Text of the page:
Vince and his wife, Taffie-Foster Toney, are active members of Transformation City Church and have raised three children.
Vince has a history and track record of doing what’s right for the residents of his Garden Home neighborhood and district. In 2010, he worked collaboratively with the Milwaukee Police Department to eliminate a drug house in the neighborhood after a lengthy process, eventually the landlord had the disruptive tenants moved. Throughout the process there was difficulty and resistance, but Vince Toney stayed the course and saw it to closure.He has also provided prominent leadership and involvement with the Block Watch Works neighborhood watch program. It connects a network of responsible residents and businesses to keep an eye on the neighborhood’s property and citizens to promote what’s right and to root out what’s wrong. The program also works with businesses in the community to sponsor an annual back-to-school and block watch picnic which provides book bags filled with school supplies for neighborhood children and draw over 200 involved citizens.
Nikiya Q. Dodd is a lifelong public servant, community leader, and not-for-profit management professional. Elected in 2018, she is the first woman and African American to be elected to the 5th Aldermanic District in the City of Milwaukee, and the first woman elected to the 6th Senate District in the Wisconsin State Legislature. She is the second woman and African American in the history of Milwaukee to be elected to three branches of government in the state.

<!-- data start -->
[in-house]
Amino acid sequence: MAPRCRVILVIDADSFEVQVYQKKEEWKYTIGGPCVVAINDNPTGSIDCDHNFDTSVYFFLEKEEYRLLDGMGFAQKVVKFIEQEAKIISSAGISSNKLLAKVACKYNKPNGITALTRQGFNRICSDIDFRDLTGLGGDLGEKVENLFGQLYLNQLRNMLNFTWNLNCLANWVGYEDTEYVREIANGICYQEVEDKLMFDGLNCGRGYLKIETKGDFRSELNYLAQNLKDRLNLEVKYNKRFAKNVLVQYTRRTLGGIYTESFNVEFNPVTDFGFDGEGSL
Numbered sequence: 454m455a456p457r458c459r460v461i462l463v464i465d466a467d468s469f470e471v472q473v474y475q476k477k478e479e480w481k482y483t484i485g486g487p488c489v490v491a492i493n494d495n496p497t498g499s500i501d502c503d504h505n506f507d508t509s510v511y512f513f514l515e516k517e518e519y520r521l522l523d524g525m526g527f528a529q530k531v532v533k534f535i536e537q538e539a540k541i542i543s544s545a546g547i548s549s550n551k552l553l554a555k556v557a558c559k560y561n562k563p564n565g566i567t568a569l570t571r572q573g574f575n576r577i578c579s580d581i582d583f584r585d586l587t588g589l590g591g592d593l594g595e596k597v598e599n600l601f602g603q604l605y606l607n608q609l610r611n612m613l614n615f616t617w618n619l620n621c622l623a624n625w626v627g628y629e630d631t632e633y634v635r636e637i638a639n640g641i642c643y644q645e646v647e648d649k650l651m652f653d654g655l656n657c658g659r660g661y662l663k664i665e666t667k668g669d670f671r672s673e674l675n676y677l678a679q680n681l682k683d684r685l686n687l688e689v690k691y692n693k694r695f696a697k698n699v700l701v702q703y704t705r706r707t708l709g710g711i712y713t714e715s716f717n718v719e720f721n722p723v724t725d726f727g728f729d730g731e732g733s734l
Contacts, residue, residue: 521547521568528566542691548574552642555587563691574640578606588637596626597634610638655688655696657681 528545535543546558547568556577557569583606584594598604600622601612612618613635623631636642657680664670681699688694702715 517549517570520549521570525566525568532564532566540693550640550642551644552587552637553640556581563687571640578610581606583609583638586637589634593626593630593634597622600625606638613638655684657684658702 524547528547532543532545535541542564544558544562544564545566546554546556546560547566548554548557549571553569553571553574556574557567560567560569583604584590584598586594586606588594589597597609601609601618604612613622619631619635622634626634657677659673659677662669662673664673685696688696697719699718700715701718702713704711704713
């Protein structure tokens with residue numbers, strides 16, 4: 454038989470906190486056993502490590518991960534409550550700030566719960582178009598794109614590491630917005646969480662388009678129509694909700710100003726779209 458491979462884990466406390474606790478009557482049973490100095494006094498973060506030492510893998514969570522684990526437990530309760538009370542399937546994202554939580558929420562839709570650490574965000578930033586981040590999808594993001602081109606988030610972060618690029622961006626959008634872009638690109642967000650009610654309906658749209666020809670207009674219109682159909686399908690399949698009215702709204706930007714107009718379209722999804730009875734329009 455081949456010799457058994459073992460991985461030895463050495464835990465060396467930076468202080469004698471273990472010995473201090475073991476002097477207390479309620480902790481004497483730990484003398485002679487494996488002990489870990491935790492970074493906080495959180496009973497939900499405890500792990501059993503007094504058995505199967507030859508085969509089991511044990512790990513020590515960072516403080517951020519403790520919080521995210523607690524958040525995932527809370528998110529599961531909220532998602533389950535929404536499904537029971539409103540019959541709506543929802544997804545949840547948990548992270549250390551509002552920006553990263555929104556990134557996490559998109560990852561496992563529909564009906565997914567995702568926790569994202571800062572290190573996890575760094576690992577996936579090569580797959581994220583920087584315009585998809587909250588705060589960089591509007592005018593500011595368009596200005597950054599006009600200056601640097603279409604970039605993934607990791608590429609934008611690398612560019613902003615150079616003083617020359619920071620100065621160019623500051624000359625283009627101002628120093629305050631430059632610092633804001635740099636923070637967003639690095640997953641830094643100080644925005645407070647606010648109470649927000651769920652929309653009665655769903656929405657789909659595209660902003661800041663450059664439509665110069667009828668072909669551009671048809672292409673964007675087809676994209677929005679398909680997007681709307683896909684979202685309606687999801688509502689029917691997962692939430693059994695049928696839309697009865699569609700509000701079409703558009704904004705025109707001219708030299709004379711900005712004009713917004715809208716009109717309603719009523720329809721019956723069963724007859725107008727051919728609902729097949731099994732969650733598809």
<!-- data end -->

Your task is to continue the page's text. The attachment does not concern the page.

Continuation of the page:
As Alderwoman, with only 12 months in office, Nikiya sponsored legislation to add over 200 jobs to the 5th Aldermanic District by rezoning underutilized land for the development of a 325,000 square-foot building and future property tax revenue to the City. Alderwoman Dodd also sponsored a resolution urging the Wisconsin State Legislature to allow the City to extend benefits to those in domestic partnerships.
Nikiya hosted the inaugural, day-long tour for neighbors, investors, and community members to Explore the 5th District. Explore 5th District tour is a first of its kind to showcase vibrant neighborhoods, parks, and schools, thriving restaurants, and historical sites, as well as opportunities for business growth and development and homeownership on Milwaukee’s Northwest Side.